A gold International Dark Sky Park, Natural Bridges National Monument in southeast Utah has an Evening Astronomy Program and Night Sky Watch Program to teach visitors about astronomy, light pollution and night sky protection. At these sessions, telescopes are available to give stargazers a closer look at celestial bodies, including planets and stars. For more information, visit Natural Bridges’ website.
On a clear night in Big Bend National Park, visitors can see as far as 2 million light years away to the Andromeda galaxy. Located on the border between the United States and Mexico, the remote location, lack of clouds and low humidity of this park allow for incredible views of the skies.
With conditions in Mauna Kea ideal for monitoring the night sky, it’s no surprise that the summit is home to the world’s largest astronomical observatory with telescopes operated by astronomers from 11 countries. A dry atmosphere, high proportion of clear nights and limited light pollution allow researchers to conduct detailed studies.
To soak in the views, head to the Visitor Information Station at Mauna Kea for the nightly stargazing program. From 6:00 p.m. to 10:00 p.m., you can see stars, nebulae, planets, galaxies and supernova remnants with telescopes. Knowledgeable staff and volunteers can point out constellations with a laser pointer and answer questions.
This park is an ideal place to visit in the spring, with an intoxicating combination of the sweet smell of cherry blossoms and clear night skies. Established as a Dark Sky Park in 2008, the 48-acre protected area sits within Susquehannock State Forest and features a Stars-N-Parks Program for the public. Within the park, there is the gated Astronomy Observation Field and also a Night Sky Viewing area north of Route 44.
As the newest gold-tier International Dark Sky Park and the largest national park unit in the lower 48, Death Valley offers ample space for stargazing. Averaging less than two inches of rain per year, you’re almost guaranteed clear skies. Visit April, May, September or October for the most comfortable nighttime temperatures. During these months, the average low is in the 60’s and 70’s.
Totaling 300 square miles, Britain’s largest forest park also boasts some of the darkest skies in Europe. Astronomy enthusiasts from across the continent flock to this corner of southwest Scotland to see the Andromeda Galaxy, the Aurora Borealis and stellar nurseries, where new suns of distant planets are born.
Originally built as a sanctuary for migratory birds, this area has also become a mecca for stargazers. In 2006, Clayton Lake State Park became only the second park in the United States to build, maintain and operate an observatory. Four years later, it became a gold International Dark Sky Park. Officials regularly put on star parties for visitors, as well as for children from local schools. For more information about these gatherings, visit the New Mexico States Parks website.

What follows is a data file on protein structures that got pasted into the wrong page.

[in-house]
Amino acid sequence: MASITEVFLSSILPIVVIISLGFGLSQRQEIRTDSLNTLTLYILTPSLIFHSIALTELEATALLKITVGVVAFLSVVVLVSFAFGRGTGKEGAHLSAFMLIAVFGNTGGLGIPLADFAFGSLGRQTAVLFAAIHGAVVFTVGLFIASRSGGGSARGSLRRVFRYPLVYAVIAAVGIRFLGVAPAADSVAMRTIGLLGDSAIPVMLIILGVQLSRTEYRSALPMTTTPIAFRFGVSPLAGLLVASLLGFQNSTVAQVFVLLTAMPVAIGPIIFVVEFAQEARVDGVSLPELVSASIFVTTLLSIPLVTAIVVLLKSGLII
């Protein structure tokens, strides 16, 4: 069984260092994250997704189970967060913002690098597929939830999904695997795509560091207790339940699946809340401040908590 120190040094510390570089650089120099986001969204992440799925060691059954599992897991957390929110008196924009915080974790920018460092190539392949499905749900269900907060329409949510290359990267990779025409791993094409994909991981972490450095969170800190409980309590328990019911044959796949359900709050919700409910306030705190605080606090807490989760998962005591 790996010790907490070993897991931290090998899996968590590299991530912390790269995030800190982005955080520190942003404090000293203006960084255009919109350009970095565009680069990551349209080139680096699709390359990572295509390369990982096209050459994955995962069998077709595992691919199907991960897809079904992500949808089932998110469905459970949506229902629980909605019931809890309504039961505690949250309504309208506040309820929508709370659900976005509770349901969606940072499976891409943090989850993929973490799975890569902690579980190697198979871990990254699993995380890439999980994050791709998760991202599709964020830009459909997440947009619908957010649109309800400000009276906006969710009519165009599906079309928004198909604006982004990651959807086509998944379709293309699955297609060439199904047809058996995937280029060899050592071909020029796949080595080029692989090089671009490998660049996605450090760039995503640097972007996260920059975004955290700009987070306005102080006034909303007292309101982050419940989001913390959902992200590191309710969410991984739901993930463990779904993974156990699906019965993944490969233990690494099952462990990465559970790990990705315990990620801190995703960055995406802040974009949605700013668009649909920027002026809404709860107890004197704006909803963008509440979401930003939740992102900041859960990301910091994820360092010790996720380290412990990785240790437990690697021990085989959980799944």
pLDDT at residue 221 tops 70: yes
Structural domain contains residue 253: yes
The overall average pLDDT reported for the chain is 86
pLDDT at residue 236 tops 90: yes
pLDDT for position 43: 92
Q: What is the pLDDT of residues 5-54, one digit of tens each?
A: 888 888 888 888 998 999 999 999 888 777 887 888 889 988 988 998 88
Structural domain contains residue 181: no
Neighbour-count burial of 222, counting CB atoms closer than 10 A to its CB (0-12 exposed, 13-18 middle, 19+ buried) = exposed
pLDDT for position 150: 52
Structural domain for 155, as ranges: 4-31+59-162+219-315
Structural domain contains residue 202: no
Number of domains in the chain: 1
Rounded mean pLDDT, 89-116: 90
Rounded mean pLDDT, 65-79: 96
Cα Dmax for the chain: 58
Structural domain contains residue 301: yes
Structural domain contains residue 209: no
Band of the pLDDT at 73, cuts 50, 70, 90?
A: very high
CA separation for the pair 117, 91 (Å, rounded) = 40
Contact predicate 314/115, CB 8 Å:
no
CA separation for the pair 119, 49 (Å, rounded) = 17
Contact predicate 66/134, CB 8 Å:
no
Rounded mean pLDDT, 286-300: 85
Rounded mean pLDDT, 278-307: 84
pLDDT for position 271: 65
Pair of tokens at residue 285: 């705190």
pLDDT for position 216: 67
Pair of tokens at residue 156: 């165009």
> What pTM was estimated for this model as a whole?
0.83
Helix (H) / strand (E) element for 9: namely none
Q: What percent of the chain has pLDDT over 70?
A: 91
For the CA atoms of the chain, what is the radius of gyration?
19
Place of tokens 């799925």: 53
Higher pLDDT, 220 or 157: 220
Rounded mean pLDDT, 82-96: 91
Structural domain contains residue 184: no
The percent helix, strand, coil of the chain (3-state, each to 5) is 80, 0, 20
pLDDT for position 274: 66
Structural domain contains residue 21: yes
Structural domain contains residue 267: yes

Located in eastern Slovakia, there’s more than one reason to visit this dark sky park. Spend your days exploring indigenous fir and beech forests listed as UNESCO World Heritage Sites, as well as the many national cultural monuments (the park has more than any other area of the country). When the sun sets, get out your binoculars, lay out a blanket, and enjoy stargazing in one of the darkest places in eastern Europe. The incredible conditions are the reason the park is home to the Astronomical observatory at Kolonica Saddle, pictured on the left.
Each year, the Jasper Dark Sky Preserve hosts its annual Dark Sky Festival. Mark your calendar for October 25-27, 2013, when you can take advantage of events including the kids’ space cadet fair, astronomy presentations and night sky photography sessions.
In the high Andes, a lack of atmospheric turbulence makes for some of the best observation sites on the planet. The conditions are so good, in fact, that the UK recently committed to build the world's largest telescope on the mountain Cerro Armazones. At a cost of more than $135 million, The European Extremely Large Telescope (E-ELT) will help capture the universe’s earliest moments. Even if you can’t visit this site, many other areas of the Chilean Andes afford equally amazing views. In fact, this area is covered with observation sites used by various teams of international scientists.
Designated a Dark Sky Preserve by the Royal Astronomical Society of Canada in 2010, Kejimkujik is committed to protecting the darkness for the benefit of stargazers, as well as wildlife. The best time to visit is in the summer, when park rangers offer interpretation programs for the public. For more information, visit the park’s website.
Celebrating its 40th year of outdoor education, the Bluewater Education Center provides an incredible location to learn about the natural world. Attend one of the center’s annual events and end the night gazing up at the sky around this 320-acre site and its surrounding UNESCO Biosphere Reserve.